Convicted murderer loses bid to have earlier conviction for resisting arrest thrown out

The Massachusetts Appeals Court today upheld Trevon Mason's conviction for resisting arrest in an armed-holdup investigation in 2008 - roughly four months before he was arrested for fatally shooting a man in the lobby of a Stanwood Street apartment building and injuring the woman whom the victim was shielding with his body.

Mason had originally been arrested on a variety of charges for a September, 2008 incident in which a pizza-delivery man was held up, allegedly at gunpoint.

Before his trial on the robbery began, Suffolk County prosecutors withdrew the charges of armed robbery and assault with a dangerous weapon and a judge dismissed the charge of illegal gun possession. Mason was acquitted on two charges of assault and battery on a police officer but convicted on a charge of resisting arrest.

Mason's attorney argued, among other things, that that conviction should be tossed because prosecutors dismissed two potential jurors who were black and because a search of his apartment and subsequent arrest were unconstitutional.

The court, however, said the potential jurors were dismissed because of their past contact with the criminal system - one was a graduate of the Maine state police academy, the other had incarcerated family members - not because they were black. And:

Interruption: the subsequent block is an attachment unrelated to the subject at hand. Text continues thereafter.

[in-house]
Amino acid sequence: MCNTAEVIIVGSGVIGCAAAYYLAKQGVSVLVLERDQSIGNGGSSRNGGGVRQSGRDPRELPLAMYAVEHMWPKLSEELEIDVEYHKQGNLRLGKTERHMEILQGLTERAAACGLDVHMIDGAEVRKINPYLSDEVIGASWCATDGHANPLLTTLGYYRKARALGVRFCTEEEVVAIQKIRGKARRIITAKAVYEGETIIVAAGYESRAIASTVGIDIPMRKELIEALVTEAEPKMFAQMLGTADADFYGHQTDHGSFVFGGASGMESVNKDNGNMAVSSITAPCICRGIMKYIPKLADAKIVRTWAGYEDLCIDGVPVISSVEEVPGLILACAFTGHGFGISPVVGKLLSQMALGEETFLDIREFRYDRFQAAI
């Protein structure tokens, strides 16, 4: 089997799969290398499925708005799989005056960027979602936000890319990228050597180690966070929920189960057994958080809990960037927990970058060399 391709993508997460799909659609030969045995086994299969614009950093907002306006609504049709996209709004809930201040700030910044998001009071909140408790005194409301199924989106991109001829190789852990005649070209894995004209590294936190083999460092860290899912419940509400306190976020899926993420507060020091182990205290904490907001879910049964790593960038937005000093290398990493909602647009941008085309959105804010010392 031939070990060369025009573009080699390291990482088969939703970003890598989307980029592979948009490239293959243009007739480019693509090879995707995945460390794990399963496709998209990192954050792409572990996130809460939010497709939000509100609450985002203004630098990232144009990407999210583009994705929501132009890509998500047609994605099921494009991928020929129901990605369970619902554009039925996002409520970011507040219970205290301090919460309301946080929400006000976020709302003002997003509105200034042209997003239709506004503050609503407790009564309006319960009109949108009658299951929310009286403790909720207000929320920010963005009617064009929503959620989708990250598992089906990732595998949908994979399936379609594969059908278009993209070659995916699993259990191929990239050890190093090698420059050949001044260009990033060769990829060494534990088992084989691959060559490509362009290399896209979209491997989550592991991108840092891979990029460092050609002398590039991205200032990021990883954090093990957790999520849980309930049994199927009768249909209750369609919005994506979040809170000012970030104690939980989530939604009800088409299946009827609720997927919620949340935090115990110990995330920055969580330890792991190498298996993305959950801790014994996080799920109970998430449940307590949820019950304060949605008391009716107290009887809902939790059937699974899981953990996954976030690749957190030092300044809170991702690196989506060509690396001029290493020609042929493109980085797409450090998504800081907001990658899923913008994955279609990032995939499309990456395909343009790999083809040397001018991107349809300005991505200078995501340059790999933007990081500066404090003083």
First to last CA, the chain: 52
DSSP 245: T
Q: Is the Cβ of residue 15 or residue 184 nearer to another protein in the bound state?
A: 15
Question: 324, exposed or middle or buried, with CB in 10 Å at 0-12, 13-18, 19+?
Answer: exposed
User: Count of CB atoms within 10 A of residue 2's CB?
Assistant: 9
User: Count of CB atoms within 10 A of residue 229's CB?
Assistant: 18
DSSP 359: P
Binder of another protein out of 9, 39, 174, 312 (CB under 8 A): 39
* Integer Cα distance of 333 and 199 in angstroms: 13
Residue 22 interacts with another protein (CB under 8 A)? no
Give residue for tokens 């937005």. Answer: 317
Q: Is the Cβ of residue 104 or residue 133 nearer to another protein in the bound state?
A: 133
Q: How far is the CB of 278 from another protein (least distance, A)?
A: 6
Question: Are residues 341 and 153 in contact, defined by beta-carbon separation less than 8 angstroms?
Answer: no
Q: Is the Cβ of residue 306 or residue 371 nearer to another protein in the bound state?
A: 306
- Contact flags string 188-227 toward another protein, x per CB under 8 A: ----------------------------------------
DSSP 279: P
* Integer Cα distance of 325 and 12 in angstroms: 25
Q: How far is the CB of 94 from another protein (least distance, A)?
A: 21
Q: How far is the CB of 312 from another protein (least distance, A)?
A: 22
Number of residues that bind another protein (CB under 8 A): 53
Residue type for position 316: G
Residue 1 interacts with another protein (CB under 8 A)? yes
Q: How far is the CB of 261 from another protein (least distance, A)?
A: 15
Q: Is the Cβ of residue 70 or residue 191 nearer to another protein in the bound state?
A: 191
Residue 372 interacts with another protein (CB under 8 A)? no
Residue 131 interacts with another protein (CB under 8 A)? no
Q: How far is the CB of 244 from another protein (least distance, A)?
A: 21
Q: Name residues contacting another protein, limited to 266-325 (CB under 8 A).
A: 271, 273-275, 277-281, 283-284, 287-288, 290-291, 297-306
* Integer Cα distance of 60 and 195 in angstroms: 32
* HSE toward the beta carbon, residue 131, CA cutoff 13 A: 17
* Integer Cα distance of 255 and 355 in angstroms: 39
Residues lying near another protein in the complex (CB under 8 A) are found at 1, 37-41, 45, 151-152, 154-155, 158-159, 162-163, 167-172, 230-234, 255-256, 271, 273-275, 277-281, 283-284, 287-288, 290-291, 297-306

Assuming, without deciding, that the search of the defendant's apartment and the seizure of the defendant's person were unconstitutional, this conclusion does not avail the defendant as he was convicted only of resisting arrest and was acquitted of the remaining charges.

Four months after the robbery arrest, Mason and a pal were busy were arrested on murder charges for the death of Tyrone Smith.

Mason pleaded guilty to second-degree murder in 2011, which meant a sentence of life, but with the possibility of parole after 15 years.

His accomplce pleaded guilty to manslaughter




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